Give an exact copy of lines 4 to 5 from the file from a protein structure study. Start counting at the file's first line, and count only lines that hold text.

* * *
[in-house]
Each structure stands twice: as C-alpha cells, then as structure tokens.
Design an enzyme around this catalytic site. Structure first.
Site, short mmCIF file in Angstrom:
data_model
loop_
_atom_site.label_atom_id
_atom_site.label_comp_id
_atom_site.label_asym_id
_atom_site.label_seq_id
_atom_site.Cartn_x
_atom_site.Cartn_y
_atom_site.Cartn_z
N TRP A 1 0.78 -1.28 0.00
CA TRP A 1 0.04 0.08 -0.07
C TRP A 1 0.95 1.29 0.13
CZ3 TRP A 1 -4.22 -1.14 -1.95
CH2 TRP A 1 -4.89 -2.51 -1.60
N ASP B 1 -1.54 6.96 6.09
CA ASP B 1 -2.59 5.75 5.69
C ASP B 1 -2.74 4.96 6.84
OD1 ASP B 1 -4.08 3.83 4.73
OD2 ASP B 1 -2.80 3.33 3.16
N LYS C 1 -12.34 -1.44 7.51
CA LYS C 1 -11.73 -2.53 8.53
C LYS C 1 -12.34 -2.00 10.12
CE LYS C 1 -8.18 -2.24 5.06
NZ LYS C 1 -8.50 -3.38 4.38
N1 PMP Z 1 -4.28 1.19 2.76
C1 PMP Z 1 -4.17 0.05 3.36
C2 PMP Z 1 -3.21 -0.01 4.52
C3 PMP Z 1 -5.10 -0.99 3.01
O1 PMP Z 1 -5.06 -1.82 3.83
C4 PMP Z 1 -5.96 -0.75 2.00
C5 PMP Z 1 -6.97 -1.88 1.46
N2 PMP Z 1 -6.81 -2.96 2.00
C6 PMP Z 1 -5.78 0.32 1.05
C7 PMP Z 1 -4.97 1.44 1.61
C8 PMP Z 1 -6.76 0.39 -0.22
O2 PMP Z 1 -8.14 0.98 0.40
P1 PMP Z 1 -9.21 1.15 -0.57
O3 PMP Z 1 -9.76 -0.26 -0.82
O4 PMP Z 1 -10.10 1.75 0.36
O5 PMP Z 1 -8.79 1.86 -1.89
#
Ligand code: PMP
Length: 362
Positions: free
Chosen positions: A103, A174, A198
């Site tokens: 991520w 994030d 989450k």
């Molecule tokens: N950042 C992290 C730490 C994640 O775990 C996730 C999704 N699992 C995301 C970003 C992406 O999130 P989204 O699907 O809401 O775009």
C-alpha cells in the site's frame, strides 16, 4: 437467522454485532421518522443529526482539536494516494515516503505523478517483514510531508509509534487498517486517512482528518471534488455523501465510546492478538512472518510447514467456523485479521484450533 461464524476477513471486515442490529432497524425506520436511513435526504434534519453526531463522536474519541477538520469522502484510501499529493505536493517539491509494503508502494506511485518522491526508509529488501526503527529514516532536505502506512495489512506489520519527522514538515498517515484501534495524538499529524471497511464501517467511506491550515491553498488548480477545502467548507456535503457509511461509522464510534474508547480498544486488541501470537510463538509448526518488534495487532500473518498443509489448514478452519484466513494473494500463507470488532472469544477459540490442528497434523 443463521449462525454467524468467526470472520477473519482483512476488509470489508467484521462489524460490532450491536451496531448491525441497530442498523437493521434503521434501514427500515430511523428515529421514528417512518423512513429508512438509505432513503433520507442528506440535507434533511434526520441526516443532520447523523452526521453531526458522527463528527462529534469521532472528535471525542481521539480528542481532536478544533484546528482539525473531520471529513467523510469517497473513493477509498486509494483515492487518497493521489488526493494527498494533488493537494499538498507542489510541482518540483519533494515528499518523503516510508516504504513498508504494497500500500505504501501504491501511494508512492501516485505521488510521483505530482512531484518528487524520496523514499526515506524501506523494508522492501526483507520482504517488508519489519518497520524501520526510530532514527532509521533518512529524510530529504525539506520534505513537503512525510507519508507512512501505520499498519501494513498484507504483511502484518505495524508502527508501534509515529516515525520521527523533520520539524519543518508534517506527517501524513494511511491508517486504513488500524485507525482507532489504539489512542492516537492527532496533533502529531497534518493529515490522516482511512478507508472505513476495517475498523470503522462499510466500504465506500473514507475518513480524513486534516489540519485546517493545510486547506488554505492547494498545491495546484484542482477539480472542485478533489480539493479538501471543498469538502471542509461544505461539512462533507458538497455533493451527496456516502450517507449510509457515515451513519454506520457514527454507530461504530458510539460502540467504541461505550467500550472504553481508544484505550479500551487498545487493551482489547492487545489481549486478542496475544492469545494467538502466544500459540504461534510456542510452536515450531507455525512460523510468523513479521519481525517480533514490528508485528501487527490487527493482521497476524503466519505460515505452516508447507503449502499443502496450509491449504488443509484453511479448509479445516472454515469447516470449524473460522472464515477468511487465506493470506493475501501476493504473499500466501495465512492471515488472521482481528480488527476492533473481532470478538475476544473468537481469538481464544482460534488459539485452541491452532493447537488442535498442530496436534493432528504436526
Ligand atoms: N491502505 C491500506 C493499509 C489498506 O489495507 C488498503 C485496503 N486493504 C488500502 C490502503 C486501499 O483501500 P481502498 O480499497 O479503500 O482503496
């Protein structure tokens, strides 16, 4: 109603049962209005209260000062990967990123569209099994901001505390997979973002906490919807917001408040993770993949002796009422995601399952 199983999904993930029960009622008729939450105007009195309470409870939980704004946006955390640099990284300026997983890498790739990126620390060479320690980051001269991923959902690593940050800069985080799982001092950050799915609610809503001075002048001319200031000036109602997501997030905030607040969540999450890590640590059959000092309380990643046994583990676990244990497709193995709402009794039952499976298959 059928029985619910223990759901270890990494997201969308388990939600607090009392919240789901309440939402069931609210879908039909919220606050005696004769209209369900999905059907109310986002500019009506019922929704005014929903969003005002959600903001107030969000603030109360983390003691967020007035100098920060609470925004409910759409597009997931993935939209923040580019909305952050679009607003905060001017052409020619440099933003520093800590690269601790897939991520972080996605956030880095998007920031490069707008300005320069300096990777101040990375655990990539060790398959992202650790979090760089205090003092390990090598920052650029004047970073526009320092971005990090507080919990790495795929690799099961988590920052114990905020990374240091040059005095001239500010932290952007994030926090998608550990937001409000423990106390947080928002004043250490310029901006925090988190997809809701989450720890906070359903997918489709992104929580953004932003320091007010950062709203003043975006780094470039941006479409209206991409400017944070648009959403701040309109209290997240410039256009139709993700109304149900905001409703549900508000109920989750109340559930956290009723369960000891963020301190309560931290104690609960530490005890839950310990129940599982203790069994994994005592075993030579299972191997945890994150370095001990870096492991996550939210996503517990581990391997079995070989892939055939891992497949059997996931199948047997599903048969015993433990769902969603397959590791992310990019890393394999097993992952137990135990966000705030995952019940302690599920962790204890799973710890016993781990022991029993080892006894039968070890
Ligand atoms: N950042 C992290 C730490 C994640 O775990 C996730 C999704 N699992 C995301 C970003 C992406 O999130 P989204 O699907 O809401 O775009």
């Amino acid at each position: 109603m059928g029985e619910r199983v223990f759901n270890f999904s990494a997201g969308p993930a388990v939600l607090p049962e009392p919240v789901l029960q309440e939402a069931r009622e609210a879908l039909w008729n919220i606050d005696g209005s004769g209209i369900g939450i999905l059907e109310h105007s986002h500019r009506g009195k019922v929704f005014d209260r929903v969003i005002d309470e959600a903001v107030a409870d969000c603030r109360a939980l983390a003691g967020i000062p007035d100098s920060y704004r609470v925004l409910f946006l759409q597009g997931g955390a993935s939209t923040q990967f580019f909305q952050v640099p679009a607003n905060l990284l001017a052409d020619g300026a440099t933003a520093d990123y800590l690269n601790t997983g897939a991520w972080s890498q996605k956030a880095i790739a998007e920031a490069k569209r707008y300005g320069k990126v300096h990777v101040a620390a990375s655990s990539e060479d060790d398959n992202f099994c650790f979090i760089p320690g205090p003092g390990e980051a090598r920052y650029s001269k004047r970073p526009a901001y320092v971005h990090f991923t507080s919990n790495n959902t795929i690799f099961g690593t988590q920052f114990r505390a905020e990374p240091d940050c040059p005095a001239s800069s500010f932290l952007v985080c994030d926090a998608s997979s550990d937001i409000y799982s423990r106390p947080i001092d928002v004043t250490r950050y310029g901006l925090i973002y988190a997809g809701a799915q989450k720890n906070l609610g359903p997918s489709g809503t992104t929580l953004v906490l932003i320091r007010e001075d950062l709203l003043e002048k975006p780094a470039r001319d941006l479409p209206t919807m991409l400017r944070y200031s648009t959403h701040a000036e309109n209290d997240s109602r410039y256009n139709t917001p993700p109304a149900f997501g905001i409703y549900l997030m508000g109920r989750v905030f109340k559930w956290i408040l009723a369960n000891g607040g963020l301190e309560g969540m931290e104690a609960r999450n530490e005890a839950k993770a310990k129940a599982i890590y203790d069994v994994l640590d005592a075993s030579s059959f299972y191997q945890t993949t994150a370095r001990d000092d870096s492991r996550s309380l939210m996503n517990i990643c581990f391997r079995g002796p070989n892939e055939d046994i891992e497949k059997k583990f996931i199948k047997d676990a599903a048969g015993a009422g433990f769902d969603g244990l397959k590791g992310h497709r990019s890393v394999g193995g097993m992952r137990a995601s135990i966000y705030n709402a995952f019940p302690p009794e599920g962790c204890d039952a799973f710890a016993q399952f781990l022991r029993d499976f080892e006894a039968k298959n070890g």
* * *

Site, short mmCIF file in Angstrom:
data_model